The Problem With Set It and Forget It
Previous article in this series: Are Manual Processes Bogging You Down?
In our State of Corporate Budget 2018 survey, we asked nearly 250 business leaders how frequently they update their budgets.
More Frequent Updates Drive Success
Companies that set their budgets more frequently are more confident about their overall process.
In fact, 90% of the companies that budget monthly or quarterly gave themselves an A or B rating, compared to 74% of those that budget annually or biannually, and 50% of those with no formal process in place.
TO THE POINT
Business needs change rapidly, but most budgets don’t. More than half of business owners only set budgets once a year.
Regular Budget Adjustments Not Common
Although companies that revisit their budget regularly feel more successful, most don’t do it. Only 14% of the companies we surveyed evaluate their budget periodically throughout the year and adjust as necessary. Businesses with more than 500 employees were less likely to operate this way, indicating that the practice may be harder to sustain as companies grow.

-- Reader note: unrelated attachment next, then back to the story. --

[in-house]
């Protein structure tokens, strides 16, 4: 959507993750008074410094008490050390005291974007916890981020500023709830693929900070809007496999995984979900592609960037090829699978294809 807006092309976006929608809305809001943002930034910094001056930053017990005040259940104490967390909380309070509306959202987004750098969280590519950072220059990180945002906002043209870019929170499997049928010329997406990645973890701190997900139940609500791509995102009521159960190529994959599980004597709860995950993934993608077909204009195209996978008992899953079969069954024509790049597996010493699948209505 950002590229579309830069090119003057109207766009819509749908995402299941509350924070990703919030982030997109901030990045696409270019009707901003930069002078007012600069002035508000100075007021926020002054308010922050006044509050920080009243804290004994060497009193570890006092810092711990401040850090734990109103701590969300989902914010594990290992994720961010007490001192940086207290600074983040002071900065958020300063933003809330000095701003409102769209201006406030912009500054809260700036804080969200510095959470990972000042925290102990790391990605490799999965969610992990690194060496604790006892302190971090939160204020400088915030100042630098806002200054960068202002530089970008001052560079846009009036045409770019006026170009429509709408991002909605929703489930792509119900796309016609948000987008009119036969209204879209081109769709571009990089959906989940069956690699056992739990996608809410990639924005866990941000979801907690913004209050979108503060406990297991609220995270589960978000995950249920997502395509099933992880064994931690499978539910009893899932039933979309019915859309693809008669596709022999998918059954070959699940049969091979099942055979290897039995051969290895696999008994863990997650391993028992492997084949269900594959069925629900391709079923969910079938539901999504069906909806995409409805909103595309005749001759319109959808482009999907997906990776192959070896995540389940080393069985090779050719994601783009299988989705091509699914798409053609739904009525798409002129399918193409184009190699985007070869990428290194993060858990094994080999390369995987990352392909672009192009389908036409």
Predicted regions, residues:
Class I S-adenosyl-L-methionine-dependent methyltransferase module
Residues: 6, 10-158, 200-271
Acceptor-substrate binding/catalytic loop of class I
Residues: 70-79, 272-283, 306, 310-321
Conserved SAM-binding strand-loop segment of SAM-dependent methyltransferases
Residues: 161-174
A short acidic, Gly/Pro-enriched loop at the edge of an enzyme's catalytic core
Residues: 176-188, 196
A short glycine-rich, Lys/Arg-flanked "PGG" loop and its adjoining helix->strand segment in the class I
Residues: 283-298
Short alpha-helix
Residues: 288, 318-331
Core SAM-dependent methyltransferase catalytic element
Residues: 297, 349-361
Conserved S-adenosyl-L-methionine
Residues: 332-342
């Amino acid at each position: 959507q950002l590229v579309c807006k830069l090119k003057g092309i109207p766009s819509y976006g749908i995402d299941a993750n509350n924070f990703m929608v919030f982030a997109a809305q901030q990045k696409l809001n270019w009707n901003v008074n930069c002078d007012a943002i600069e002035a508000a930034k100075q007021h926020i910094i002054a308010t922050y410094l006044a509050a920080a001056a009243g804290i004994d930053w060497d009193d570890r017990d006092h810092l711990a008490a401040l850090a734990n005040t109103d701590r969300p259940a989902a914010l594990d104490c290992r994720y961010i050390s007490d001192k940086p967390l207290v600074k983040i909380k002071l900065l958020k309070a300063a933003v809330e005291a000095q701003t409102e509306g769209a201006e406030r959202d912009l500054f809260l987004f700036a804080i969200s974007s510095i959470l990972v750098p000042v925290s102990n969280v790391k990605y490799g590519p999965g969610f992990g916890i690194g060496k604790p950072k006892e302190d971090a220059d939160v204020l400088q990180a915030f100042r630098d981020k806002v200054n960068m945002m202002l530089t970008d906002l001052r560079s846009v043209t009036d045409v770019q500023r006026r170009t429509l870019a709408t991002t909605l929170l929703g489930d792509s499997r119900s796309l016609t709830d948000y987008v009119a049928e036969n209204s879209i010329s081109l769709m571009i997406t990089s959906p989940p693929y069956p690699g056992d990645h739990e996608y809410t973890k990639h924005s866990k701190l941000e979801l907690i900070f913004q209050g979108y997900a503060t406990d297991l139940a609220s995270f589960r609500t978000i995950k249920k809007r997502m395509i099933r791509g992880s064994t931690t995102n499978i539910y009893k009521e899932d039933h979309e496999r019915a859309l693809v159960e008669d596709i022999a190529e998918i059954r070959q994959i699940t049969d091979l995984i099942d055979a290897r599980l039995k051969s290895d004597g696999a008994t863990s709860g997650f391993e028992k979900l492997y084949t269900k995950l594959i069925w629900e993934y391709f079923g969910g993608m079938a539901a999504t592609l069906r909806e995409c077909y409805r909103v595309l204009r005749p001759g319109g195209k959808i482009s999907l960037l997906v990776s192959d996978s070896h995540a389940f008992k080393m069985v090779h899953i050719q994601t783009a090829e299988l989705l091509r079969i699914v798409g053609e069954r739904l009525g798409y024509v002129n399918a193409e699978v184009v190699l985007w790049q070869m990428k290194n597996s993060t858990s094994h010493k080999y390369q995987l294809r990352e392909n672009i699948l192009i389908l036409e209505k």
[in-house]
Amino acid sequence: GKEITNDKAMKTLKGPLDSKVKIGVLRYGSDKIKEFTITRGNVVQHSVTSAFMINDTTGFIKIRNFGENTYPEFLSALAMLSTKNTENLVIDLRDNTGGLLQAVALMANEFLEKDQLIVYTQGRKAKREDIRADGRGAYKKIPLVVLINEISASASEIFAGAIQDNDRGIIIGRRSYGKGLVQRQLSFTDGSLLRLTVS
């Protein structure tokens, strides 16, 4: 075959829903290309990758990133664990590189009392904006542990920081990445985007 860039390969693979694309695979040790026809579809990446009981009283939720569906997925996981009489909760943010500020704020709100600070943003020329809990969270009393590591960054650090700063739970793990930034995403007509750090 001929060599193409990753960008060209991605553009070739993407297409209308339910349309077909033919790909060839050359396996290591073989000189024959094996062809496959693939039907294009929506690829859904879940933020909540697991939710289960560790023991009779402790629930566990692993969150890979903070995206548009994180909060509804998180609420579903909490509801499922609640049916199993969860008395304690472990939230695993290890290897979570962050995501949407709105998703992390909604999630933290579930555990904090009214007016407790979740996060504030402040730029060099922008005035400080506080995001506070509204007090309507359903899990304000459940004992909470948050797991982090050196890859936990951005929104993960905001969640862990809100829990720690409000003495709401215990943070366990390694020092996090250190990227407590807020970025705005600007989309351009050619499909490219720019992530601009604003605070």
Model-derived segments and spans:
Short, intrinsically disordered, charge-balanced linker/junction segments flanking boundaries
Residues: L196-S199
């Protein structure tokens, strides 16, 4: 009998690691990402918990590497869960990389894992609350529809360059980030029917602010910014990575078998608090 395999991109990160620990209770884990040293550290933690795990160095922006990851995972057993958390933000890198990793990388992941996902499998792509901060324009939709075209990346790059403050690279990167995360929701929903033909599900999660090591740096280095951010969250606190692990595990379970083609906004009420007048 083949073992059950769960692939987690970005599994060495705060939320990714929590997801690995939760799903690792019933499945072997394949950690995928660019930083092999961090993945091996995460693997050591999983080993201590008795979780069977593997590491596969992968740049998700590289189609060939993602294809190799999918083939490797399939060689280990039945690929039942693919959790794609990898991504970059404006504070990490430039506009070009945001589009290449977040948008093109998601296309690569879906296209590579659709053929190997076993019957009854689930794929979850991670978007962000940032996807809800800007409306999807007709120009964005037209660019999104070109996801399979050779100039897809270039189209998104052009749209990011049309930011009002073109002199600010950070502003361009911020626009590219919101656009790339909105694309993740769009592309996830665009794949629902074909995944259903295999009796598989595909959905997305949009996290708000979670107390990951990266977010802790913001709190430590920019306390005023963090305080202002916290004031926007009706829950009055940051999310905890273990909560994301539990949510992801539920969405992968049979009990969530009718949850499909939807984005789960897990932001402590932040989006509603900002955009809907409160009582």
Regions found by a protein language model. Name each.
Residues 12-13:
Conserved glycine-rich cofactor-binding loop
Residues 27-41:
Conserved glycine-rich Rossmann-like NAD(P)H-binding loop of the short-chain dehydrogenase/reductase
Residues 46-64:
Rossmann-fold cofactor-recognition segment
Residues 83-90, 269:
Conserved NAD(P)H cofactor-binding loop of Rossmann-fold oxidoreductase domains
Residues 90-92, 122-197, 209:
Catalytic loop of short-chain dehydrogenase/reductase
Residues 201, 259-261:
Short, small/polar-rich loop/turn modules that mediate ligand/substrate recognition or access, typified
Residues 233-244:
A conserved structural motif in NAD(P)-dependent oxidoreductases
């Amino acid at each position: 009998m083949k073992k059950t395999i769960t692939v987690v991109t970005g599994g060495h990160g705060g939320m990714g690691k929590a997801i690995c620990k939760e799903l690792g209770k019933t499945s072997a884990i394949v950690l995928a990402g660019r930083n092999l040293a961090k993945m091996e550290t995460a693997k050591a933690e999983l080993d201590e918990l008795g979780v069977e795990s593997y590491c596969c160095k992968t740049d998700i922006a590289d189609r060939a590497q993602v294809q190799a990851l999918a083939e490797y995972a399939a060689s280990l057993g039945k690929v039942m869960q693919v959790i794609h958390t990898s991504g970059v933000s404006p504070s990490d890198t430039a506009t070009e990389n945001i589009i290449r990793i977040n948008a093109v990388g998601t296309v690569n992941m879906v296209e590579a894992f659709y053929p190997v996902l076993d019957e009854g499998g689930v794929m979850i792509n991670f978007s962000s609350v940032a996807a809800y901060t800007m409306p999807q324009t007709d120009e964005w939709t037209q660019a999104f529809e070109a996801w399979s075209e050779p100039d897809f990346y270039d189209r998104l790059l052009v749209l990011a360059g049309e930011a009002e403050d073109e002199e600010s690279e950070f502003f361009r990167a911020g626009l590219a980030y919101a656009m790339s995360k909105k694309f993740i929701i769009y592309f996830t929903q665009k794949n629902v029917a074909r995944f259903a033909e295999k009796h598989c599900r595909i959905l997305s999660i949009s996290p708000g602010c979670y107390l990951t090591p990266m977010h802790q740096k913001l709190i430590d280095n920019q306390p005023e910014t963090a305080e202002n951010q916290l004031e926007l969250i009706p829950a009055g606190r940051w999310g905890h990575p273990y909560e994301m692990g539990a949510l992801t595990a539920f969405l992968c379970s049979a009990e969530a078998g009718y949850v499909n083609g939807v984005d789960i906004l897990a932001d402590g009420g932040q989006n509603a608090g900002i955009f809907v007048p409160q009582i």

87% of the companies that operate this way gave themselves an A or B (compared to 79% overall)
78% ranked ongoing cross-department communication and updates as the top reason for their rating (compared to 70% overall)
The Cost of No Formal Process
On the other side of the spectrum, 7% of the companies we surveyed reported that they had no formal budget process in place. Most of these were companies with fewer than 100 employees, and this group was more than twice as likely to distribute budget ownership to individual department managers (63% vs. 24% overall). Half of these companies (50%) gave themselves a C, D, or F for overall budget effectiveness, and almost half (47%) had “no idea” how much of their budget goes to discretionary spend, compared to 25% overall.
Center Team Take
Traditionally budgeting has been an annual process requiring months of preparation and weeks of negotiation, relying on the ‘sophisticated’ technique of taking a previous year’s expenses and tacking on an extra 10% to account for growth. Because the business environment changes rapidly, a budget set three months before the start of the fiscal year no longer reflects reality. Budgets need to adapt, just as businesses adapt.
Heather Singh, CMO
Keep reading: In the Dark About Discretionary Spend?
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